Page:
The 2021-22 Philadelphia 76ers have had a bunch of different identities. The Joel Embiid-Ben Simmons led Sixers early in the offseason, the Joel Embiid solo Sixers, the Tyrese Maxey-Embiid Sixers, the “we finally have a backup big man Sixers, the trade depth for a superstar Sixers, the post-James Harden trade Sixers. I’m sure there are ones that I missed. It has been a year where Philly has constantly been playing chameleon, trying to change their colors to match a style that gives them the best opportunity to win. One of the few things that was consistent throughout the season, though, was the Sixers’ ability to take care of the basketball. The turnover was once the hallmark of a Brett Brown coached team here in Philadelphia, but with the emersion of Tyrese Maxey and the continued growth of Joel Embiid, it seemed that this Sixers core had finally turned the corner. Over the 82 game regular season, the Sixers averaged only 12.5 turnovers per game, tied for the 3rd best mark in the association. That number makes it even more surprising what has happened since the postseason has begun.

The Sixers have become an absolute turnover machine in the playoffs. They’ve averaged nearly 15 turnovers per game since the playoffs started, which puts them in 11th place of the 16 playoff teams. Of the 5 teams worse than them, 4 of them had a first round exit. The other is the Memphis Grizzlies, who seem destined to fall to the Golden State Warriors out West. It’s becoming a death sentence for a team that has otherwise played relatively well. Last night, in a brutal Game 5 loss in Miami to the Heat, the Sixers tallied 15 turnovers, which is actually lower than their counts from the 2 wins so far this series (18, 16), but still unacceptable in a playoff game. It’s a trend that started against Toronto, and has not been curtailed yet. Until it does, though, it’s hard to have faith in the Sixers’ abilities to win important games in the playoffs.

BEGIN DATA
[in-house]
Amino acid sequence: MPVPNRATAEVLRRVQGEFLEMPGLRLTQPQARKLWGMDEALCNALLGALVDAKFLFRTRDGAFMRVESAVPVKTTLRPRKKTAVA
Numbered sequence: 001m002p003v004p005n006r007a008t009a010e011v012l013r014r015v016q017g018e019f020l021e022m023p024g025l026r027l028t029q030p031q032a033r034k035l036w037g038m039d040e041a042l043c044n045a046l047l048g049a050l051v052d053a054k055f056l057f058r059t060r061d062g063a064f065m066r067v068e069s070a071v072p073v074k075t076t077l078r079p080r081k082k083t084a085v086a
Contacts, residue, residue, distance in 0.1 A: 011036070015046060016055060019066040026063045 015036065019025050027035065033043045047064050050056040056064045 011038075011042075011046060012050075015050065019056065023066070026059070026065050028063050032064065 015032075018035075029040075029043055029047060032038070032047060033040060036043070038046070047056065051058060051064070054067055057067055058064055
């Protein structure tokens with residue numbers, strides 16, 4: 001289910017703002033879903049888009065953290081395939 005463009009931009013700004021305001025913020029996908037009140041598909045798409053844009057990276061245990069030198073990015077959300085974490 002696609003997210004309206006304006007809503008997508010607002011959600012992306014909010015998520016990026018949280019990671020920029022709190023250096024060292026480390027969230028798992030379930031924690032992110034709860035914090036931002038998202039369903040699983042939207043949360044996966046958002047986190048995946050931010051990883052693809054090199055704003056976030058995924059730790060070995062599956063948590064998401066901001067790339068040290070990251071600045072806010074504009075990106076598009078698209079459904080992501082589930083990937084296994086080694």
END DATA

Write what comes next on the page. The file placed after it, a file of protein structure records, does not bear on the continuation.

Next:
It’s hard to pinpoint what’s exactly causing these issues. Some of it can be chalked up to James Harden still fitting in with his new teammates, but that excuse grows less valid by the day. Is it effort? Is it Tyrese Maxey’s growing pains? Embiid’s injury? Poor coaching? Honestly, it’s anyone’s guess and most likely a combination of all of those reasons. The bottom line, though, is what we do know for sure: if the Sixers fail to get this under control, it will be another 2nd round exit and another long offseason awaiting them in Philly. There are only so many more of those offseasons that can happen before major changes are needed.